Friday, November 01, 2013
FAA History Lesson -- November 1, 2010
Who knew? Evidently, November 1st is Wake Turbulence Reclassification Day at the FAA.
From the Update to FAA Historical Chronology 1997-2012 (A .pdf file)
"November 1, 2010: An interim FAA requirement mandated that planes landing after Boeing's 747-8 jumbo jet stay at least 10 miles behind went into effect. The FAA said the interim standards were based, in part, on guidance received from international regulatory organizations that studied the wake vortices of the Airbus 380-800 in 2006. After those studies, the International Civil Aviation Organization issued a 10-mile separation standard for the A380 superjumbo jet. This was later relaxed, but a separation of 6 to 8 miles was still required for the A380, depending on the size of the aircraft behind it. Prior to its Boeing 747-8 ruling, the U.S. requirement for large airplanes was just 4 miles separation from other heavy jets and up to 6 miles from light aircraft. (See August 17, 1996.)"
But wait! There's more!
"November 1, 2012: FAA implemented new wake turbulence categories for aircraft separation standards. Under the re-categorization, aircraft models were placed in one of six categories (labeled A-F) based on considerations other than maximum gross takeoff weight, such as approach speeds, wing characteristics, and lateral control characteristics. FAA split the heavy category (including the “super” Airbus A380) into three wake categories, “A” (super); “B” (upper heavy); and “C” (lower heavy) aircraft. When a lower heavy jet followed an upper heavy jet into an airport, the separation standard remained at four miles. When an upper heavy jet followed a lower heavy jet, the separation could be reduced to three miles. The former method of wake turbulence categorization was based solely on maximum gross takeoff weight. (See November 1, 2010.)"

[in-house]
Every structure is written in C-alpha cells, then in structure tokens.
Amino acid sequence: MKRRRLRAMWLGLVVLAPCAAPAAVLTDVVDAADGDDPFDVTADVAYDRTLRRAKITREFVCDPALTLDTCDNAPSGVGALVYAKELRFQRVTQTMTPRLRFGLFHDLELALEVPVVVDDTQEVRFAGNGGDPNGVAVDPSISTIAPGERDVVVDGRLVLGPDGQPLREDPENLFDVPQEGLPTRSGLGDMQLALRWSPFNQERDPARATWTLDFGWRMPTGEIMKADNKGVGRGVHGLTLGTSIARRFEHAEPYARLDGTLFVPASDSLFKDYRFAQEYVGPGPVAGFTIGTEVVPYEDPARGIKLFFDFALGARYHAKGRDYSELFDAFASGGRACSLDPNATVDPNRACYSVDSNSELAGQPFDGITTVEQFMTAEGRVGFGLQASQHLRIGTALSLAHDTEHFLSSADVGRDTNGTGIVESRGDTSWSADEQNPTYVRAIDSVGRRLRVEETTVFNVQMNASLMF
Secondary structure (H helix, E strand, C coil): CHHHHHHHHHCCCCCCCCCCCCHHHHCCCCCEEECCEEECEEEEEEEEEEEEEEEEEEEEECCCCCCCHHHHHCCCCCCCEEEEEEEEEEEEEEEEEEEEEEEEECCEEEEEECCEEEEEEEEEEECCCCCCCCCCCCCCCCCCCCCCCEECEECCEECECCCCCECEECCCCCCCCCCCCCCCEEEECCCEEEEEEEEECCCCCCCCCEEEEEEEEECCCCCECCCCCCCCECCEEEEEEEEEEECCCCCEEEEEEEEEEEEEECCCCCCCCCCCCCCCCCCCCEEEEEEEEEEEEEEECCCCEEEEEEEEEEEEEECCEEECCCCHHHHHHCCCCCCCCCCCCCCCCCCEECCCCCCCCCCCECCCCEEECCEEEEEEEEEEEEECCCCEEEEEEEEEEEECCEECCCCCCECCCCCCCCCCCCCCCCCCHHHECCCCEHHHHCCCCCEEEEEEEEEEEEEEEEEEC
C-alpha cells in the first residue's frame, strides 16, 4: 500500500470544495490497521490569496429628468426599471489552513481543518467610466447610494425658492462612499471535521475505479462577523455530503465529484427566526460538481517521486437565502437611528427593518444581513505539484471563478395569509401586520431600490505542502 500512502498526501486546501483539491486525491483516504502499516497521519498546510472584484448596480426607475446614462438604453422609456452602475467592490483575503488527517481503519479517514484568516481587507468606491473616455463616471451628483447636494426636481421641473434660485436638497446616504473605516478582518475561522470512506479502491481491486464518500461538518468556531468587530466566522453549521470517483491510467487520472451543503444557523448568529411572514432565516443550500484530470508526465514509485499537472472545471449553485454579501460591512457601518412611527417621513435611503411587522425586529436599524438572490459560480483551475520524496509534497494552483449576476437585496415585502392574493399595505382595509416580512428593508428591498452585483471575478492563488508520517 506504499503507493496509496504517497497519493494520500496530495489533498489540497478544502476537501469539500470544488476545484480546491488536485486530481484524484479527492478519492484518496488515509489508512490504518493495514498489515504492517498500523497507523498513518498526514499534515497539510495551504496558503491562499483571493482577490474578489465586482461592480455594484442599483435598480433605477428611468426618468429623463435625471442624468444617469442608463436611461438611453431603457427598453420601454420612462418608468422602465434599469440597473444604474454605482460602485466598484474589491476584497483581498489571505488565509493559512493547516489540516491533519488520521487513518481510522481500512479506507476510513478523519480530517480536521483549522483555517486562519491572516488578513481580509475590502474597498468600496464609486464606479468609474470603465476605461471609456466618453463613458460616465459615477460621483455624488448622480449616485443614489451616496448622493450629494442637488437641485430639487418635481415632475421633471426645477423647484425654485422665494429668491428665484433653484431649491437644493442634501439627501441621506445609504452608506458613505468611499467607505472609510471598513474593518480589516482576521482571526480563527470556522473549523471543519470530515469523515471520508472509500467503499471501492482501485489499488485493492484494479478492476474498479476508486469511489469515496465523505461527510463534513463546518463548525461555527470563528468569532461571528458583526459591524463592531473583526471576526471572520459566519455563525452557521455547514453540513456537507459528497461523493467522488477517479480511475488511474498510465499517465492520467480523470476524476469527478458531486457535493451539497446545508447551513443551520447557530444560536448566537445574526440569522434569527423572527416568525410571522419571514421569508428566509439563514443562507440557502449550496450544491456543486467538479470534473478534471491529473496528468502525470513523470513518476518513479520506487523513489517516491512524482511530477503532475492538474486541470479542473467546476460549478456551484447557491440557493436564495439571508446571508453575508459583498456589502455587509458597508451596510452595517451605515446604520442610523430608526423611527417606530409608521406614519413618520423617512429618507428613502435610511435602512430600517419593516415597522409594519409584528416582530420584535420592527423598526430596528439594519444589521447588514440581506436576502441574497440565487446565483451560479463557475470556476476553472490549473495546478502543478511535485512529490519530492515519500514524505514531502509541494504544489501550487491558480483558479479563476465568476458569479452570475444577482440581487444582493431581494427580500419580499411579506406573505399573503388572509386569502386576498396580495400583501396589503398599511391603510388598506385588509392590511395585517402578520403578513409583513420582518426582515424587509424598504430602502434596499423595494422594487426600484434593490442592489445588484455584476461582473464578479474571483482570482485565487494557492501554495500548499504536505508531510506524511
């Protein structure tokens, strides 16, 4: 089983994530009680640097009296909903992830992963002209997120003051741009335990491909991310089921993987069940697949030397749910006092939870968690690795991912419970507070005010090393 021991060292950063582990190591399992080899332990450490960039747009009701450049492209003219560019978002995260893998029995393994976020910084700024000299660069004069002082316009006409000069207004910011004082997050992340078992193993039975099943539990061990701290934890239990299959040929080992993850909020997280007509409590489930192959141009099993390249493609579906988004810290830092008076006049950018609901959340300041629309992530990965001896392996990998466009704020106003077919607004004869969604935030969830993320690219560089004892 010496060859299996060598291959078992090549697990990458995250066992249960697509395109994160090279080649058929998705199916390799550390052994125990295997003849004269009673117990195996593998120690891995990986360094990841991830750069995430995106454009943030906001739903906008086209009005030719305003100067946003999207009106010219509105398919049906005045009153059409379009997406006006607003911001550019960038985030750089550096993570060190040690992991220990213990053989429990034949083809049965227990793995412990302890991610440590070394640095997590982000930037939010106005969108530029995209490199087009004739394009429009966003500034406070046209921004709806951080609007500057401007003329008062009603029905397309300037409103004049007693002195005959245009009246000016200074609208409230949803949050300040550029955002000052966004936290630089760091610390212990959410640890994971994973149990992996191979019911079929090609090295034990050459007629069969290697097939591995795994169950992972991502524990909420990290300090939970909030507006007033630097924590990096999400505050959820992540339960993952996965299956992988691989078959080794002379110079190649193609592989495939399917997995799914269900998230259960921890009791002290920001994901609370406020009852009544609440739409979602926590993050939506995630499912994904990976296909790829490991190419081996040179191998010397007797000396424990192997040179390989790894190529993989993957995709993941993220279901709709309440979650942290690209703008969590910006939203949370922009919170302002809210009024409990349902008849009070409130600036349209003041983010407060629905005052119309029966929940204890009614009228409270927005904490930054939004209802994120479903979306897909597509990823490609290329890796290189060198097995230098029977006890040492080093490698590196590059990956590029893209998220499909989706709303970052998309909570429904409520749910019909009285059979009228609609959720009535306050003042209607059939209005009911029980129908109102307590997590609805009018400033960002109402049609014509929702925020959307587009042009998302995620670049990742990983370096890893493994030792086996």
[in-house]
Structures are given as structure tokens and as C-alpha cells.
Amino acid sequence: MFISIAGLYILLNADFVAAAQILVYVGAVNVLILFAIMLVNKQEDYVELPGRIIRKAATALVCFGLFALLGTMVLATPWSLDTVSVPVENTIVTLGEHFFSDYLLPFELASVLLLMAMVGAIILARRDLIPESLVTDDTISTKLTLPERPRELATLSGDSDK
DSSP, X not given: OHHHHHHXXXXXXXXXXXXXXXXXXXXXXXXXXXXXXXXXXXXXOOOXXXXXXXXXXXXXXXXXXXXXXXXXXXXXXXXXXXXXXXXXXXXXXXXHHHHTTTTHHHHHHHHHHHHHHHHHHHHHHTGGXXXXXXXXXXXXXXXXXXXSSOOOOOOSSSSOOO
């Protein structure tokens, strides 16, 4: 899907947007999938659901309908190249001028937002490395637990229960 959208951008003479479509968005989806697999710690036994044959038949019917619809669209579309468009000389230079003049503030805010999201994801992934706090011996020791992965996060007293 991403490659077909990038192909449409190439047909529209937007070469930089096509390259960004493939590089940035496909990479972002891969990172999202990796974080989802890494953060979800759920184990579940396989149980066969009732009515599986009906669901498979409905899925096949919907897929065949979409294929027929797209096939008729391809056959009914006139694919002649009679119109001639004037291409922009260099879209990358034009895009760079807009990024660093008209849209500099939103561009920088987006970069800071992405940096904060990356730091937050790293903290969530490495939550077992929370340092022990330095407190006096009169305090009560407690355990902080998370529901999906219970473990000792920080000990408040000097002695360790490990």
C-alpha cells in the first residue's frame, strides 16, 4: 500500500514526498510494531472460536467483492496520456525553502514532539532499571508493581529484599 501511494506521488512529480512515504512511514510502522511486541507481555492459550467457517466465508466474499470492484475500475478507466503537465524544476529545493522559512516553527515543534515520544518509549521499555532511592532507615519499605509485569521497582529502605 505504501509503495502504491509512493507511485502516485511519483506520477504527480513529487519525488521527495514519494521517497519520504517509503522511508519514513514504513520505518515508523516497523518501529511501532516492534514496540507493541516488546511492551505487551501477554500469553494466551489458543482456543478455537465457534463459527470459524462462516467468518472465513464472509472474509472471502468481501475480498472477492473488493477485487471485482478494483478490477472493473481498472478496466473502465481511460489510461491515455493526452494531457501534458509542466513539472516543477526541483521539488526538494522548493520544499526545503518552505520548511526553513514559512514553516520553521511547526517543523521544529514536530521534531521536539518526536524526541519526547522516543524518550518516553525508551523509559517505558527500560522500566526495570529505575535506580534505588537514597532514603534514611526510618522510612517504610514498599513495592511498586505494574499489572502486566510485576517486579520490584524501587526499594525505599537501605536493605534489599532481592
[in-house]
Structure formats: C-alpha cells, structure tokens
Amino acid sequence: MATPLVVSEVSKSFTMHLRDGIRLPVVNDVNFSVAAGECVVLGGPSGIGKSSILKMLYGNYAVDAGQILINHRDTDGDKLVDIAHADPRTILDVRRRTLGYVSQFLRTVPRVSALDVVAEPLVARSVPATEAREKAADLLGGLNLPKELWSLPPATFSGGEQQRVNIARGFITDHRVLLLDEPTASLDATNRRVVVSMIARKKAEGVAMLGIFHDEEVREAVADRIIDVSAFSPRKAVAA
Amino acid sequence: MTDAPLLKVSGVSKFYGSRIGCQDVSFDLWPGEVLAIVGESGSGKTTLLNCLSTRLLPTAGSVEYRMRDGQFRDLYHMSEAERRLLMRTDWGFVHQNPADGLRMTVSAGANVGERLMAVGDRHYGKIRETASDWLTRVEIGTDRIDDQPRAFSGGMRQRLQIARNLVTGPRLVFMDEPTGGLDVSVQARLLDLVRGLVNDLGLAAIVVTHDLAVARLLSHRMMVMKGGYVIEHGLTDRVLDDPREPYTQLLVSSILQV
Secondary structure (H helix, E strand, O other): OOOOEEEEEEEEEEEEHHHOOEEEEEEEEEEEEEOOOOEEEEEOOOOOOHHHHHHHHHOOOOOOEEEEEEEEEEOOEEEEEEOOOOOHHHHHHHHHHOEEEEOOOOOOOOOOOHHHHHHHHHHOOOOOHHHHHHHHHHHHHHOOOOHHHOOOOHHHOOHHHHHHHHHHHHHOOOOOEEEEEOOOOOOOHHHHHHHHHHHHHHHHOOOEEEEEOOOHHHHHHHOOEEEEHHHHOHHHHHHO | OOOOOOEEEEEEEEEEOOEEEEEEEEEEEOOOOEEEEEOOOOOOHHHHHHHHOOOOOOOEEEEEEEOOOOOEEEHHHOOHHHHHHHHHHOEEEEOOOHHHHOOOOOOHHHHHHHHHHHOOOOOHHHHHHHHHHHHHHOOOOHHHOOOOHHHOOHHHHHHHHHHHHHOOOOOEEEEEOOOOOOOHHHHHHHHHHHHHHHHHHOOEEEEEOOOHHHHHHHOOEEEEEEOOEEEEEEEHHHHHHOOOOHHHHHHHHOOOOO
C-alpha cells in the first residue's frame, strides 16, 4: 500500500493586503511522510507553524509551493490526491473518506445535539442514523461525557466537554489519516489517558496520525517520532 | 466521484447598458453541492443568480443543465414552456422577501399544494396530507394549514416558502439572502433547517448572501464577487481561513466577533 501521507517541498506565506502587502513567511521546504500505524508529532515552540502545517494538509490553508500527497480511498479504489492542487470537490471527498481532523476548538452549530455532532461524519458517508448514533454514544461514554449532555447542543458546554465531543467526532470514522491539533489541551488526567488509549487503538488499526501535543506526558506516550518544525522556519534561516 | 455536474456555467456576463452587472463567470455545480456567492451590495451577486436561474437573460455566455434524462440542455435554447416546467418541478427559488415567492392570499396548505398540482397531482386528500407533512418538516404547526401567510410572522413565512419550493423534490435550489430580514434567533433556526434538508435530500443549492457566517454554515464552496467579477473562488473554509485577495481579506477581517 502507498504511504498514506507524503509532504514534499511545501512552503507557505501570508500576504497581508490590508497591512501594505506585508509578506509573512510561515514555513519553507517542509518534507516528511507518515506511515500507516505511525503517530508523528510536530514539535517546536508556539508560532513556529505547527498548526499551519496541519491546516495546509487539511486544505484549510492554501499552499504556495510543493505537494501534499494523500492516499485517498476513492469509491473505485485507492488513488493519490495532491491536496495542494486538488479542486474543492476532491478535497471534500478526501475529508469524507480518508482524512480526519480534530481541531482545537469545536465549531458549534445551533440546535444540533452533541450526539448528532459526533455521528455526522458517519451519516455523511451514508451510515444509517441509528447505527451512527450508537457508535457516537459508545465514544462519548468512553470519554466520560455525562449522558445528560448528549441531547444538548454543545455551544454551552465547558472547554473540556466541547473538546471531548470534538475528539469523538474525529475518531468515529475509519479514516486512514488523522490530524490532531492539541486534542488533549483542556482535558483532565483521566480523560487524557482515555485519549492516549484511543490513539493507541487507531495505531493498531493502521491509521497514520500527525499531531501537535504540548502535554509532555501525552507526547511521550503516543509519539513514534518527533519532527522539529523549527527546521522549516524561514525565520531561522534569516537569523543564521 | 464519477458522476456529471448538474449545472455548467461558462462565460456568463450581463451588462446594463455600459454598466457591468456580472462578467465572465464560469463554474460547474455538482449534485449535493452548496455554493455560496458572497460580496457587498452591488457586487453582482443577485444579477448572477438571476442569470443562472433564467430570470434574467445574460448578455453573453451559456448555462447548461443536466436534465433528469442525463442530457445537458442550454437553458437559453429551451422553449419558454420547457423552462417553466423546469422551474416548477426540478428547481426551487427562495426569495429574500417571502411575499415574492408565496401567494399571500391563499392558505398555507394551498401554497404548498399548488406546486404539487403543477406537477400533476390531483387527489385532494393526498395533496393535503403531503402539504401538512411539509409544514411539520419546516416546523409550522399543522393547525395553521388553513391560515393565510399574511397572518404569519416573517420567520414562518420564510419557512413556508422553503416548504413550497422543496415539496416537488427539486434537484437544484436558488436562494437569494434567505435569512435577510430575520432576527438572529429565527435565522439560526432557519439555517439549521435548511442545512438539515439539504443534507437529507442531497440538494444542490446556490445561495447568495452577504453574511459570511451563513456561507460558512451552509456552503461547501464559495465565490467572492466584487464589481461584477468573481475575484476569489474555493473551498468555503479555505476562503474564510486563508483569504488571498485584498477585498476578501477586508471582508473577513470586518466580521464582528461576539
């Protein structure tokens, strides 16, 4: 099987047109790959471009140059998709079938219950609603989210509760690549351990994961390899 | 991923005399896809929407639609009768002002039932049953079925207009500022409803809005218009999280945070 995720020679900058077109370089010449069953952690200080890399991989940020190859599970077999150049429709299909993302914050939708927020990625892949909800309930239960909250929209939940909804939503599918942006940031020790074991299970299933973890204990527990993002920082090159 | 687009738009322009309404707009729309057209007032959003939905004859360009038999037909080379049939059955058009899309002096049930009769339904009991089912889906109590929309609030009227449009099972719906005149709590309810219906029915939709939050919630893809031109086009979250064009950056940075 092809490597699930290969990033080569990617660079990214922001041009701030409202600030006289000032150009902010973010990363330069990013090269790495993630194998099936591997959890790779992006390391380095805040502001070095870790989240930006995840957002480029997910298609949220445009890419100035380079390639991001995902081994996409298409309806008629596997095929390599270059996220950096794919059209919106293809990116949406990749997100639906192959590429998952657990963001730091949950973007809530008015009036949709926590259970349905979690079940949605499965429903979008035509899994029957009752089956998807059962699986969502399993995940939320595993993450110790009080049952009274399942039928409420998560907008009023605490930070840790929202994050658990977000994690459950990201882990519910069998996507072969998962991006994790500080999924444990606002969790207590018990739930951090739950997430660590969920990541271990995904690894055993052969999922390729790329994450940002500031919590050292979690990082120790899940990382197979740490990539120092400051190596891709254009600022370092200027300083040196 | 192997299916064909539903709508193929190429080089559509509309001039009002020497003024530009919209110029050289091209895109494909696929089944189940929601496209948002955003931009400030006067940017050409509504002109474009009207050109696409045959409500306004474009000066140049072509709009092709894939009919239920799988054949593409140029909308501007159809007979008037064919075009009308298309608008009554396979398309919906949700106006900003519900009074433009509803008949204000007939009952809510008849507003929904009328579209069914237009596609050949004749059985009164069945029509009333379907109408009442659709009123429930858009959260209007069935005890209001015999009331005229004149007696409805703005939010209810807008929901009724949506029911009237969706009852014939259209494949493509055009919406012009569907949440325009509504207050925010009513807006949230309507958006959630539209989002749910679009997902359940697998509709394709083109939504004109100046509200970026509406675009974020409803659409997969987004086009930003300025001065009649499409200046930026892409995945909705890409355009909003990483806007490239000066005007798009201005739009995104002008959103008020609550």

But wait! There's EVEN MORE! From today!
Wake re-categorization begins at Louisville
"The US Federal Aviation Administration (FAA) has expanded wake re-categorisation (RECAT) standards to Louisville International Airport-Standiford Field, writes Focus FAA."
November 1, 2013